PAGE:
Mazda has thoughtfully included compartments beneath the second-row seat cushions for keeping valuables hidden and stores. Vans like this need bins to store family gear and they're welcome here. The new seats are solid, though not brilliant, the instruments are clear and uncomplicated and the controls are simple and sensible.

Which brings me to power. The new 2.5-litre four-banger (replacing the 2.3-litre four of old) is peppy, though it gets coarse when pushed too hard. It gets about the same fuel economy as the old 2.3. The five-speed automatic never stood out one way or the other. If it had, I'd probably be whining about jerky shifts or some such thing.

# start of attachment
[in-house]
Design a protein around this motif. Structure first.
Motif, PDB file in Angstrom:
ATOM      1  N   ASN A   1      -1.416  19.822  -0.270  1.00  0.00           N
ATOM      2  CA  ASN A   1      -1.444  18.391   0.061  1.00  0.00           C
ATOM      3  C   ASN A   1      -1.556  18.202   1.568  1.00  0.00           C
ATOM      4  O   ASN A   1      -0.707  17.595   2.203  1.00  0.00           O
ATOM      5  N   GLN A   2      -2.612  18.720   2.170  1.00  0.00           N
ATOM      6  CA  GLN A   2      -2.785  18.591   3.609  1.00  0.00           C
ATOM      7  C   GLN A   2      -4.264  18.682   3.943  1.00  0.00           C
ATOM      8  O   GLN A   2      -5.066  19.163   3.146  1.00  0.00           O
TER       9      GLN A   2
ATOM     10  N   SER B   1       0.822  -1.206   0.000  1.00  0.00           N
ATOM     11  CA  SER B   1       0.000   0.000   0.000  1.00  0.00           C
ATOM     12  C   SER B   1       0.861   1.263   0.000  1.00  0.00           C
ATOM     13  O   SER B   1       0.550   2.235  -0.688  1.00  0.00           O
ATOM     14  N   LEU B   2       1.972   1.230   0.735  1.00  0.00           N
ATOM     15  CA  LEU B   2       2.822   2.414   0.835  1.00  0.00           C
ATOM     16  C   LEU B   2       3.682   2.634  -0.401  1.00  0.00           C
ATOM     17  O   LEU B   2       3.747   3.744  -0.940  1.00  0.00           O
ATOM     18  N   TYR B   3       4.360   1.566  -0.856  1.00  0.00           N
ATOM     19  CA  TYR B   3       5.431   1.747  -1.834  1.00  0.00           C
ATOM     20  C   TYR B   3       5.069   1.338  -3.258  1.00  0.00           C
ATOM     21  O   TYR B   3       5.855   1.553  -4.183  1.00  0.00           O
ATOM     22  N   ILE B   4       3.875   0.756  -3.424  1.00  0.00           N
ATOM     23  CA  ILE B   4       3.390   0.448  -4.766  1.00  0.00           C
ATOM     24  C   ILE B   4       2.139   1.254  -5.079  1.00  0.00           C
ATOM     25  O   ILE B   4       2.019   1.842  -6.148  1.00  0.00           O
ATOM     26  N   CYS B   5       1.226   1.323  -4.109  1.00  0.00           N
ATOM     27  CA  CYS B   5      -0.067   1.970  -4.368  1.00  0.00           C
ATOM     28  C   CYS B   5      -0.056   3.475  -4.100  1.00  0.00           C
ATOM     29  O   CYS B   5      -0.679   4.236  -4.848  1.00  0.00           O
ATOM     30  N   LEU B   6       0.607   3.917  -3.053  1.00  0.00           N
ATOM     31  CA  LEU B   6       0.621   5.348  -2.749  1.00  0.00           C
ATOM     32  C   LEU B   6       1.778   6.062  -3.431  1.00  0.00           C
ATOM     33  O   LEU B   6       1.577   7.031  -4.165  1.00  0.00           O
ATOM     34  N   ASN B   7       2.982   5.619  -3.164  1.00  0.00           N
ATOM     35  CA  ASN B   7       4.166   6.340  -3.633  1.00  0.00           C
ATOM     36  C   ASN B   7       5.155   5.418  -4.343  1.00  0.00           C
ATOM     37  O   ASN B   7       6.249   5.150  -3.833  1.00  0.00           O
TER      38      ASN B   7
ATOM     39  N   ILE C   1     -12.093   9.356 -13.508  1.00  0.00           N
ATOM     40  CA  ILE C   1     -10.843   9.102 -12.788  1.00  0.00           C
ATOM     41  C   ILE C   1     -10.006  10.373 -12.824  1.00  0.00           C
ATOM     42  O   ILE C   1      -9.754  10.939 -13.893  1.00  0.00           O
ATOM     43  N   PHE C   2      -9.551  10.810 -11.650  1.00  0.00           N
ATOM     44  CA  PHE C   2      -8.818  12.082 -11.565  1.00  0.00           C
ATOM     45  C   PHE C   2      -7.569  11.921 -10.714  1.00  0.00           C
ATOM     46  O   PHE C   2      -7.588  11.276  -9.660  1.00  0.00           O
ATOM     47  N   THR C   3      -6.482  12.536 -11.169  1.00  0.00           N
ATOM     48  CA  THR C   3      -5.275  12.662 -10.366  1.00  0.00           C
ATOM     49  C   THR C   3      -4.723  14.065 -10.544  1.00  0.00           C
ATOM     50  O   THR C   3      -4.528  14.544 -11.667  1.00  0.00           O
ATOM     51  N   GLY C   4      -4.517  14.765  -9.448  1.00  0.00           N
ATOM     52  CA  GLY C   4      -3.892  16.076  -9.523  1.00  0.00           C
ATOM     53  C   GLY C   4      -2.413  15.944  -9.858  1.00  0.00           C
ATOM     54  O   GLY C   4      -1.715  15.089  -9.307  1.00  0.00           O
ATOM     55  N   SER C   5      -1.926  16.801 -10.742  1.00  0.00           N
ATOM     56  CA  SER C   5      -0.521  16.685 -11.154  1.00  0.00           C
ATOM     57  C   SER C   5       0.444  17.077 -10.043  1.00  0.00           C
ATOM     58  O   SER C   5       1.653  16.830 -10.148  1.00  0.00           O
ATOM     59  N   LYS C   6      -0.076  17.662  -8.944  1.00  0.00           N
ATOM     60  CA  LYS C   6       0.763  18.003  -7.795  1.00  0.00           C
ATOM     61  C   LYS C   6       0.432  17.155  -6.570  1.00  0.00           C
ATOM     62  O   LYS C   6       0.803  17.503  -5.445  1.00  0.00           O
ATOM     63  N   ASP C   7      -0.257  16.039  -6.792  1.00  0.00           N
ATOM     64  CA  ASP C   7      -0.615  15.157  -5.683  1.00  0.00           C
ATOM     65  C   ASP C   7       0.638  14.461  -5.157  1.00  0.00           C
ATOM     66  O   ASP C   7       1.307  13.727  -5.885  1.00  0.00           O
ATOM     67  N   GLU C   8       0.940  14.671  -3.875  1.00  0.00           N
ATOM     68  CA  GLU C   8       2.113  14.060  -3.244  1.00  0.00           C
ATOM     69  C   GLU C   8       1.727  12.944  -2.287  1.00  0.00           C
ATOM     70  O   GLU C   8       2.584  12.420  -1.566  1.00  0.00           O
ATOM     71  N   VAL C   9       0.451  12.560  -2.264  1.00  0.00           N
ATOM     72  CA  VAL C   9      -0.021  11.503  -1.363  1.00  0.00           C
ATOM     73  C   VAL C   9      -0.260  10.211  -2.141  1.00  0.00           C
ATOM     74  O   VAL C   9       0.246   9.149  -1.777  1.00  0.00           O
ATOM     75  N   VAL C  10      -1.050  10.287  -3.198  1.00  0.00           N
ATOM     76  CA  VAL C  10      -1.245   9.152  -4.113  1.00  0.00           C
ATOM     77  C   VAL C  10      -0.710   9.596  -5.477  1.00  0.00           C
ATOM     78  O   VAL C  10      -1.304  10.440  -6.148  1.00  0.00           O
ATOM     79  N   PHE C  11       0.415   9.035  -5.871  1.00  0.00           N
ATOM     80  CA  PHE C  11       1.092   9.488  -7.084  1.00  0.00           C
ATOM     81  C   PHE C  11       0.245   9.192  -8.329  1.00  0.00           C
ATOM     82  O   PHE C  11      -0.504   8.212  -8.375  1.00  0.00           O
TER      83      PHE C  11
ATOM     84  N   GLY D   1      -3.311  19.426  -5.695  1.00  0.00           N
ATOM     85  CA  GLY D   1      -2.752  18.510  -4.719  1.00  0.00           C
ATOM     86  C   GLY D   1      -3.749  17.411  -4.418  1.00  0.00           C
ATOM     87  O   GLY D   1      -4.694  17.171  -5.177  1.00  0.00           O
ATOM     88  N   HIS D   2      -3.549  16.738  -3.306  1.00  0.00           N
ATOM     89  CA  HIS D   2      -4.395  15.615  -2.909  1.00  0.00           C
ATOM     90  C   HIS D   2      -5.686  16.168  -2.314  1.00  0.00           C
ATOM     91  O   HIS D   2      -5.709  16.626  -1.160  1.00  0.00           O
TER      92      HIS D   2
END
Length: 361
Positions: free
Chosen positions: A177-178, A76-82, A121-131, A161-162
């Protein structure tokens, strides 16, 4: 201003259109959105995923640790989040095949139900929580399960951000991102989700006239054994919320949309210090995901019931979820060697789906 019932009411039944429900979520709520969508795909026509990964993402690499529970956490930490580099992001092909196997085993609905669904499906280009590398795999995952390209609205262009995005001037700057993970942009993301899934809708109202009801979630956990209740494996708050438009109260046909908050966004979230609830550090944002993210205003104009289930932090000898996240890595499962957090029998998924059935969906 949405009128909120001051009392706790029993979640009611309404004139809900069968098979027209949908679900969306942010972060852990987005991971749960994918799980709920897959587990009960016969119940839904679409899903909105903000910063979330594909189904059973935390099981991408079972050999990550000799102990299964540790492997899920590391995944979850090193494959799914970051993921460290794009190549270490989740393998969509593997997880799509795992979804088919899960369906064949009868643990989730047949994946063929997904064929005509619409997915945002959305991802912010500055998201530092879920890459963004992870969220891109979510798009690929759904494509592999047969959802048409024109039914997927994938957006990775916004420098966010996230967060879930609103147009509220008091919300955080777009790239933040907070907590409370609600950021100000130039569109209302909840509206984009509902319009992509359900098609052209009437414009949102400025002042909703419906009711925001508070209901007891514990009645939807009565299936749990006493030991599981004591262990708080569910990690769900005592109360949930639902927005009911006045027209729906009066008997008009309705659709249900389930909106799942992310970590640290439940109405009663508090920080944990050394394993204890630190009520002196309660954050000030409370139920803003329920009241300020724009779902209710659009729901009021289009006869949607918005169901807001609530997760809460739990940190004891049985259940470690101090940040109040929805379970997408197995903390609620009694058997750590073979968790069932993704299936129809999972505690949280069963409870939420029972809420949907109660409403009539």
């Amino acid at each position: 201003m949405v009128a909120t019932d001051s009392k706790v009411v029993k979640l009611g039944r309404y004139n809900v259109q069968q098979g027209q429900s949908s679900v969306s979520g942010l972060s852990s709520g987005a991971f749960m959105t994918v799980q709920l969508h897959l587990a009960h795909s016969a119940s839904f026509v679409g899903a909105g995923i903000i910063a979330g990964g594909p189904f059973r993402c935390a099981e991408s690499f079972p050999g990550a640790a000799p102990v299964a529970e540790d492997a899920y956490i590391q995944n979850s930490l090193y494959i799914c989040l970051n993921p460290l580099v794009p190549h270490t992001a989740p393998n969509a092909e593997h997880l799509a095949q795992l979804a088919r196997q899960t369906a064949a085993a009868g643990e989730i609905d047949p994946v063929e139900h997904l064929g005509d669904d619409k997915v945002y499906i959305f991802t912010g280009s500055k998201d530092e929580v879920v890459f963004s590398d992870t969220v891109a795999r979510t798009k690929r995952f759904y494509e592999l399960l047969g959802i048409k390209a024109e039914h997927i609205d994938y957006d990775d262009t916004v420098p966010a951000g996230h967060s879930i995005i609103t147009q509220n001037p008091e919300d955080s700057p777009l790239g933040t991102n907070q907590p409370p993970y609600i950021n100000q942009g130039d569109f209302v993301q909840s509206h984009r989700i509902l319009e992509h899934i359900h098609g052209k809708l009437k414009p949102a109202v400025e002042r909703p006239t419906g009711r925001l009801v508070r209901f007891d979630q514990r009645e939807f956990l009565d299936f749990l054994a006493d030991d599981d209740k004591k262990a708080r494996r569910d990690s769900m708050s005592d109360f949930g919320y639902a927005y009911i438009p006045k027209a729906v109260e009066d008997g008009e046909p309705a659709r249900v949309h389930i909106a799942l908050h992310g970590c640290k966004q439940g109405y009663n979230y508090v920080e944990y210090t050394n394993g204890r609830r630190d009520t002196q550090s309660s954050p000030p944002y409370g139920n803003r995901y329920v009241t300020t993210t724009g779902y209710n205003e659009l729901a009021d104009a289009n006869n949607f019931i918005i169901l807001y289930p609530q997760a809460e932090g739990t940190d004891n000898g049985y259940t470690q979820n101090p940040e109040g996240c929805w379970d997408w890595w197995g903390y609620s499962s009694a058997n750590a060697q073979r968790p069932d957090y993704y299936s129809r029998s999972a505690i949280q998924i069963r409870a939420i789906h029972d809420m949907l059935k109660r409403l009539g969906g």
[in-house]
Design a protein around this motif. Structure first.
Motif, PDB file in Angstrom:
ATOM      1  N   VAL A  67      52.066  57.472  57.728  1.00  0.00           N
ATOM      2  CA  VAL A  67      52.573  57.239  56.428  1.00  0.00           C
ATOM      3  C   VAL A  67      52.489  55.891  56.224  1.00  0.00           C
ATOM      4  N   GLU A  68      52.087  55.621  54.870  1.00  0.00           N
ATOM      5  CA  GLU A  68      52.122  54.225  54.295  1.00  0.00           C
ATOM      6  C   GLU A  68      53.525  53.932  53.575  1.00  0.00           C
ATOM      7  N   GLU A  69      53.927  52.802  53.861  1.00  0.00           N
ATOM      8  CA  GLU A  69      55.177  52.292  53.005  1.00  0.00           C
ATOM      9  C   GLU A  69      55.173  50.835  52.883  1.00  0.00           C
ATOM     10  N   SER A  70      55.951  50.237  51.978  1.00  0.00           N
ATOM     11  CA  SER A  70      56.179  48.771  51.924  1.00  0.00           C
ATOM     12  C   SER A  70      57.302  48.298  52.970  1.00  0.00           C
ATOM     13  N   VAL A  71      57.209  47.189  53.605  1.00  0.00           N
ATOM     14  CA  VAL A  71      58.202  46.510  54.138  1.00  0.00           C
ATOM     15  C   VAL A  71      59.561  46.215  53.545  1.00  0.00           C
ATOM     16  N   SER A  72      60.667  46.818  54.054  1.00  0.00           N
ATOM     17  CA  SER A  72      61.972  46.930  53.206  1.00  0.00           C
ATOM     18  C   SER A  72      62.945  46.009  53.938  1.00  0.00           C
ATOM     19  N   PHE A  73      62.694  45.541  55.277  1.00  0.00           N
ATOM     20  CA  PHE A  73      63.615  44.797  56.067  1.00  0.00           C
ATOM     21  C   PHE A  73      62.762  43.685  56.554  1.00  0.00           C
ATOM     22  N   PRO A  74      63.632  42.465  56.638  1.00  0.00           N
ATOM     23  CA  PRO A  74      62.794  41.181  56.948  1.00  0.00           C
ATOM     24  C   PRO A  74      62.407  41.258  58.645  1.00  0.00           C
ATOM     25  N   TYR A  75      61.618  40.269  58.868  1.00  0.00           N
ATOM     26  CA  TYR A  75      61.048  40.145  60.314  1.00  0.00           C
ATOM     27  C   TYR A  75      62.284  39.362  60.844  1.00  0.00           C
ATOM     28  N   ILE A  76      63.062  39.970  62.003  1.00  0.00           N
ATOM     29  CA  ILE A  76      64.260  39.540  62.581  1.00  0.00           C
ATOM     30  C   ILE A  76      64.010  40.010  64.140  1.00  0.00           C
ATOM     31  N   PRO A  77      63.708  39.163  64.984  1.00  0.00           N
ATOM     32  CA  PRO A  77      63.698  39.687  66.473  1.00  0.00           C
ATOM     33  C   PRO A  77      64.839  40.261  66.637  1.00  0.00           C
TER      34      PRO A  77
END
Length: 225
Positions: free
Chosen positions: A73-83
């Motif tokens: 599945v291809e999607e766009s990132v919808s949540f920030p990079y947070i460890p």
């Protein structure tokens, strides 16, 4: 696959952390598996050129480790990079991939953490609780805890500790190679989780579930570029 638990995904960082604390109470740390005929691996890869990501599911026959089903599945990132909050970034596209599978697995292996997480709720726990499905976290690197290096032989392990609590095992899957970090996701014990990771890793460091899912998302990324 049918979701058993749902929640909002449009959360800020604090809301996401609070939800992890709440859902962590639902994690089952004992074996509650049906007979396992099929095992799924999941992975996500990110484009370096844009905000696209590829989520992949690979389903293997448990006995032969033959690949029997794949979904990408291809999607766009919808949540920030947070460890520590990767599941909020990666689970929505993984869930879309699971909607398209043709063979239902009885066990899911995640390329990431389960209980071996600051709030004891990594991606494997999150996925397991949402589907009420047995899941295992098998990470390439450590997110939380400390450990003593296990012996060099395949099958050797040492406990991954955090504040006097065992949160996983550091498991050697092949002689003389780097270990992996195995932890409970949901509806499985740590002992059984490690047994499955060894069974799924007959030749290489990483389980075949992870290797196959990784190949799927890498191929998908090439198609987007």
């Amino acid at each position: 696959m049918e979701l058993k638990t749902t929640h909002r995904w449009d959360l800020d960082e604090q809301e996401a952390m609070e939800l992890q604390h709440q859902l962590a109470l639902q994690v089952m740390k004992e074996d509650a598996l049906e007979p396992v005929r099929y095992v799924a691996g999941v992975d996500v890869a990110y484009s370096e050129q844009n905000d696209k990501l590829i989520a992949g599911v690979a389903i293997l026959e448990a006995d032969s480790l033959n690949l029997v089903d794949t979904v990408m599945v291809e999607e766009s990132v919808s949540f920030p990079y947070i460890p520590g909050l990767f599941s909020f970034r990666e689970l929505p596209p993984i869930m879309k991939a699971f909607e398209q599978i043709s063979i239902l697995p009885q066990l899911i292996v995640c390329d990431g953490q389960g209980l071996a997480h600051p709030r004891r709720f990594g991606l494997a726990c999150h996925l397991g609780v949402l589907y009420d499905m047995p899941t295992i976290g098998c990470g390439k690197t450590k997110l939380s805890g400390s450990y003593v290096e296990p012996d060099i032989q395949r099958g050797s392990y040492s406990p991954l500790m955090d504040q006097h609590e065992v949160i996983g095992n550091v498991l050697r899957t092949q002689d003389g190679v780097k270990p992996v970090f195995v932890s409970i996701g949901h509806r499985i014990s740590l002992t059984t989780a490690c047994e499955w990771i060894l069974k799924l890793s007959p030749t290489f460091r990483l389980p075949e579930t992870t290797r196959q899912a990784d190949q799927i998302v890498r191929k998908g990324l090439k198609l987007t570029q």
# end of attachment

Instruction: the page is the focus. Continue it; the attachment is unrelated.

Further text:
Sadly, the Mazda5 is an overlooked family hauler and it shouldn't be. A true minivan, the 5 is economical, affordable, practical and something close to a "zoom zoom" ride. The first and last of the Nagare designs deserves more respect and more interest from family buyers.

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Tech specs

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2012 Mazda5 GT

Type: Compact minivan

Price: $24,395 ($1,595 freight)

Engine: 2.5-litre, four-cylinder

Horsepower/torque: 157 hp/163 lb-ft

Transmission: Six-speed manual

Drive: Front-wheel

Fuel economy (litres/100 km): 9.7 city/6.8 highway; regular gas

Alternatives: Toyota Sienna, Honda Odyssey, Dodge Grand Caravan

jcato@globeandmail.com

*****

Correction: The 2012 Mazda5 uses regular gas. Incorrect Information appeared in the tech specs of this story.



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About the Author
Senior writer, Globe Drive

In 25 years of covering the auto industry, Jeremy Cato has won more than two-dozen awards, including three times being named automotive journalist of the year. Jeremy was born in Montreal and grew up in the San Francisco Bay Area. More